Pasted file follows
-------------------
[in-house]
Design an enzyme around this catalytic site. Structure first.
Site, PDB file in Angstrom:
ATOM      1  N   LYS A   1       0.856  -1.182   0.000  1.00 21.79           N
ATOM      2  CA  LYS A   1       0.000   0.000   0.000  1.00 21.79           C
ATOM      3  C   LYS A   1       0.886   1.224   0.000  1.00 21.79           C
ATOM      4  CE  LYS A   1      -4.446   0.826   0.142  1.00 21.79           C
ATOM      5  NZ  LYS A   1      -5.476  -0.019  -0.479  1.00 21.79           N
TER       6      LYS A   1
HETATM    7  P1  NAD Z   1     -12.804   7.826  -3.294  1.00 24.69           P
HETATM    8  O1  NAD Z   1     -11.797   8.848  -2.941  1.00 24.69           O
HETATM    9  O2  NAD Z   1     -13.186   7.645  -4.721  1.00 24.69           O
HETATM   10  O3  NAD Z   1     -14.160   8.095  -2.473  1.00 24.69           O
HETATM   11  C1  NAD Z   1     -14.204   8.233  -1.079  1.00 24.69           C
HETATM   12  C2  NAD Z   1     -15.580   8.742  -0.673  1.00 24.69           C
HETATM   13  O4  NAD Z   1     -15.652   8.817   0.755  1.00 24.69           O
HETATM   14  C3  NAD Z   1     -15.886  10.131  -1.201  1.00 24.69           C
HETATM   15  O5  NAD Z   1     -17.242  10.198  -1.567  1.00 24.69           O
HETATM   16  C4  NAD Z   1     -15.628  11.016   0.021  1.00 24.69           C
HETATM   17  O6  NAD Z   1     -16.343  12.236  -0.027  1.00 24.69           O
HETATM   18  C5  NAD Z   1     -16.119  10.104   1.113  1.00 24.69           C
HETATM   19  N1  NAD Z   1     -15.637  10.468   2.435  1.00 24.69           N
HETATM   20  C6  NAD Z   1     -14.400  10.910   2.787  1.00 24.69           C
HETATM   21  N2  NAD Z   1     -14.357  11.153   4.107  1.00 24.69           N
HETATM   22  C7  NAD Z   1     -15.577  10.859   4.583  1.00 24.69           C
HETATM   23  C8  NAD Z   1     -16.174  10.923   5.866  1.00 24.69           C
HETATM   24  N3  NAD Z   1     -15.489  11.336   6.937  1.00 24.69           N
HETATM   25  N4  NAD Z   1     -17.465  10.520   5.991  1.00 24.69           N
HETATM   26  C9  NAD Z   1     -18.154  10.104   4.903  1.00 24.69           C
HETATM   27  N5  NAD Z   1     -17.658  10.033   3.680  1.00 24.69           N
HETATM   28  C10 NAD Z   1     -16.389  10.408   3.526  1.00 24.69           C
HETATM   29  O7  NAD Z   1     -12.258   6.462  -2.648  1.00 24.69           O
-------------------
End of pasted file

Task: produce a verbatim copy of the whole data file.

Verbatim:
[in-house]
Design an enzyme around this catalytic site. Structure first.
Site, PDB file in Angstrom:
ATOM      1  N   LYS A   1       0.856  -1.182   0.000  1.00 21.79           N
ATOM      2  CA  LYS A   1       0.000   0.000   0.000  1.00 21.79           C
ATOM      3  C   LYS A   1       0.886   1.224   0.000  1.00 21.79           C
ATOM      4  CE  LYS A   1      -4.446   0.826   0.142  1.00 21.79           C
ATOM      5  NZ  LYS A   1      -5.476  -0.019  -0.479  1.00 21.79           N
TER       6      LYS A   1
HETATM    7  P1  NAD Z   1     -12.804   7.826  -3.294  1.00 24.69           P
HETATM    8  O1  NAD Z   1     -11.797   8.848  -2.941  1.00 24.69           O
HETATM    9  O2  NAD Z   1     -13.186   7.645  -4.721  1.00 24.69           O
HETATM   10  O3  NAD Z   1     -14.160   8.095  -2.473  1.00 24.69           O
HETATM   11  C1  NAD Z   1     -14.204   8.233  -1.079  1.00 24.69           C
HETATM   12  C2  NAD Z   1     -15.580   8.742  -0.673  1.00 24.69           C
HETATM   13  O4  NAD Z   1     -15.652   8.817   0.755  1.00 24.69           O
HETATM   14  C3  NAD Z   1     -15.886  10.131  -1.201  1.00 24.69           C
HETATM   15  O5  NAD Z   1     -17.242  10.198  -1.567  1.00 24.69           O
HETATM   16  C4  NAD Z   1     -15.628  11.016   0.021  1.00 24.69           C
HETATM   17  O6  NAD Z   1     -16.343  12.236  -0.027  1.00 24.69           O
HETATM   18  C5  NAD Z   1     -16.119  10.104   1.113  1.00 24.69           C
HETATM   19  N1  NAD Z   1     -15.637  10.468   2.435  1.00 24.69           N
HETATM   20  C6  NAD Z   1     -14.400  10.910   2.787  1.00 24.69           C
HETATM   21  N2  NAD Z   1     -14.357  11.153   4.107  1.00 24.69           N
HETATM   22  C7  NAD Z   1     -15.577  10.859   4.583  1.00 24.69           C
HETATM   23  C8  NAD Z   1     -16.174  10.923   5.866  1.00 24.69           C
HETATM   24  N3  NAD Z   1     -15.489  11.336   6.937  1.00 24.69           N
HETATM   25  N4  NAD Z   1     -17.465  10.520   5.991  1.00 24.69           N
HETATM   26  C9  NAD Z   1     -18.154  10.104   4.903  1.00 24.69           C
HETATM   27  N5  NAD Z   1     -17.658  10.033   3.680  1.00 24.69           N
HETATM   28  C10 NAD Z   1     -16.389  10.408   3.526  1.00 24.69           C
HETATM   29  O7  NAD Z   1     -12.258   6.462  -2.648  1.00 24.69           O